Last week, a reader from Nevada sent me the following question:
“What is your vision for a new economic system? It is true we live on an abundant earth, but the vast portion of humanity lives a life of tragic lack due to the worldwide economic system. I see it falling now, and wonder what we will put in its place.”
I agree. Human beings have received so many blessings from the earth, it’s practically too much. The bounty of nature is more than enough for all of humanity to live on. But humanity as a whole takes more than it needs. It has only focused on possessing material things, and has been very tight-fisted when it comes to sharing. Moreover, many people try to take away and control what others have. As a result, the human civilization has had as much as it can take of the current crises. The natural environment is becoming more and more imbalanced at an incredible speed. Materialistic values still supersede humanistic ones so that isolation and a sense of loss are prevalent in human society.
So what needs to change?
Humanity’s world view, the value system that is underpinning the current economic system, needs to change. It may seem like humans have achieved notable growth over the past few millennia, but there actually have not been significant changes in the world view that flows through the foundation of human civilization. So far, humanity has pursued external growth centered on material values. The goal has always been the accumulation of land, money, and power. The competition to acquire more of the limited resources, and the conflict surrounding distribution, has never abated. If you look at the decisions made by both individuals and groups or governments, external growth is regarded as a virtue.
Underlying such a perspective is a persistent worldview of dualism that sees the world with the eyes of separation, conflict, and confrontation. Even nature is seen only as an object to be conquered, or a lump of resources whose only value lies in its utility. As a result, today’s competitive, unsustainable, and self-destructive civilization was made.
Instead, humanity’s value system needs to shift from possession to sharing, from success to inner growth and completion. That is the only way that humans can avoid self-destruction and develop a mature civilization that utilizes material things for humane values. To make that shift, we need to adopt the concept of a collective self.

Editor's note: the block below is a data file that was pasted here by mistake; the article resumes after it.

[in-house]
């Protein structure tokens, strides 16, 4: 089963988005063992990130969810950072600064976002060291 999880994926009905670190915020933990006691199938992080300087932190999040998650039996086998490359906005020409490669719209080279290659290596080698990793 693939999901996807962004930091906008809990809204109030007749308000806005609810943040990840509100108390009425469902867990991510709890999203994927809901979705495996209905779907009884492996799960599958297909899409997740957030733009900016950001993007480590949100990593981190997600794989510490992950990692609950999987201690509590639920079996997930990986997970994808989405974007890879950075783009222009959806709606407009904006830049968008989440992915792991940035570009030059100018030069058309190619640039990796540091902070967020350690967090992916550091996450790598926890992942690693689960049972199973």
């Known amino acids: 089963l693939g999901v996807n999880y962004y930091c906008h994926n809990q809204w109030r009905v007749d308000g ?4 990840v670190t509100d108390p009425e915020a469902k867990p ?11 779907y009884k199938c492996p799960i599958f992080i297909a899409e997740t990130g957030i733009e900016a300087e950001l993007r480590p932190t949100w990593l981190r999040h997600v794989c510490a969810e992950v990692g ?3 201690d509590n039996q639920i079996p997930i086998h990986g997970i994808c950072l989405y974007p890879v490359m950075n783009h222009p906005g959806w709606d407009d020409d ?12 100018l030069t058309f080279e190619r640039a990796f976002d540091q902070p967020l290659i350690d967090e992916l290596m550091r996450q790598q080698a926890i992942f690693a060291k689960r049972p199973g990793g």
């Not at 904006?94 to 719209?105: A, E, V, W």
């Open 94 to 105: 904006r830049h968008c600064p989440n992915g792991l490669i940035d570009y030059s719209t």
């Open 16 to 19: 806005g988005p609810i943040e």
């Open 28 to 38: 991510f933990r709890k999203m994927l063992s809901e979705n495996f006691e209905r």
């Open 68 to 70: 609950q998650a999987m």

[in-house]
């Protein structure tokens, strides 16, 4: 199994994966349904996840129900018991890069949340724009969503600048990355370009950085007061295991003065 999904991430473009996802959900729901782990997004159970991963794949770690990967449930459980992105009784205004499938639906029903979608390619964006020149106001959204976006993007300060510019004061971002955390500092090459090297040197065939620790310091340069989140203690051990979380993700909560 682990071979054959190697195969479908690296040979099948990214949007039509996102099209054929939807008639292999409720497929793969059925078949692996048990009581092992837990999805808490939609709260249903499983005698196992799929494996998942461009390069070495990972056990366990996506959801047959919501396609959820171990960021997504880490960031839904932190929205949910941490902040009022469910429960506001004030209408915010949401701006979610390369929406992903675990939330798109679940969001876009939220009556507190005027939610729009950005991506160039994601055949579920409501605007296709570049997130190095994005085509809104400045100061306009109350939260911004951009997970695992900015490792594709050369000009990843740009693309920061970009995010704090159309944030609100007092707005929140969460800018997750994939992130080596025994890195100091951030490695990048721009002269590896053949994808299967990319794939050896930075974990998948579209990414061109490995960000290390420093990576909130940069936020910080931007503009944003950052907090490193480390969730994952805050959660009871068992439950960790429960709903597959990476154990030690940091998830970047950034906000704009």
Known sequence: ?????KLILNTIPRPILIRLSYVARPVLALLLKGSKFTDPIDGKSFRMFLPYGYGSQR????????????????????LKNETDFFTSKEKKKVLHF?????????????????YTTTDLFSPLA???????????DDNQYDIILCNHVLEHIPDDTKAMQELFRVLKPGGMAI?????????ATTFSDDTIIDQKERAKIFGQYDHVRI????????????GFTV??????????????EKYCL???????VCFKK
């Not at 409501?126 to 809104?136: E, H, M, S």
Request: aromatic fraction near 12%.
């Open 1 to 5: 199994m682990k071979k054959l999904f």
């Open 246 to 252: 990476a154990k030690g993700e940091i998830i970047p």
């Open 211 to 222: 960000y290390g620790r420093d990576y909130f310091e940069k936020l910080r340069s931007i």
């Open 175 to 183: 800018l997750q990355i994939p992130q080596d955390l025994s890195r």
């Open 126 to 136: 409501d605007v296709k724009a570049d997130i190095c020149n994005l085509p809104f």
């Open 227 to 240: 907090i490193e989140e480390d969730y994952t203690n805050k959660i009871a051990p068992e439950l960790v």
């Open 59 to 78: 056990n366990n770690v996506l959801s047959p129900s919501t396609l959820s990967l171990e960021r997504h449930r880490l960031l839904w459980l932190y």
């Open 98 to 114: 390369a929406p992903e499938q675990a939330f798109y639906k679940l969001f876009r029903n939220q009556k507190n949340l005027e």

You may wonder whether human beings are fundamentally only able to be selfish and competitive. Certainly, we have those attributes. But I think we definitely have the opposite attributes built into us as well. We have a Hong Ik instinct that desires everyone’s happiness.
This inherent instinct to share and cooperate with others is contained in the human brain. It’s not a set of moral values humanity needs to strive to adopt, but rather our biological design. Our brains produce “feel-good” hormones when we make harmony with others and benefit them. But often this potential is latent and lies dormant.
That’s why awakening the potential for greater benevolence, philanthropy, collective thinking, and peace in our brains should be an important focus of our education, and is the reason why I developed Brain Education. Brain Education helps individuals rediscover the value of the brain and bring out its power.
The shift in self-awareness and perception that needs to occur must take place in not just one or two people, but on a global scale. When these instincts are alive within much of humanity, we can have a collective discussion about how to create an economic system based on sharing and having enough for everyone.
Is a new world economic system of sharing and cooperation possible? Dare we hope?
Instead of asking these questions, I would like to ask instead: Why do you earn money? Do you have a philosophy about how you make and spend money? When you have a philosophy, you can uphold the principles and values you’ve set for yourself. The same applies for humanity as a whole. Depending on what value humanity pursues and chooses for the sake of improving the quality of its life, we could repeat the patterns of thousands of years, or we could write a new history.
There is definitely hope. However, hope doesn’t materialize immediately. We must boldly choose and create new hope over and again. The power to choose and create, that’s the power of your brain.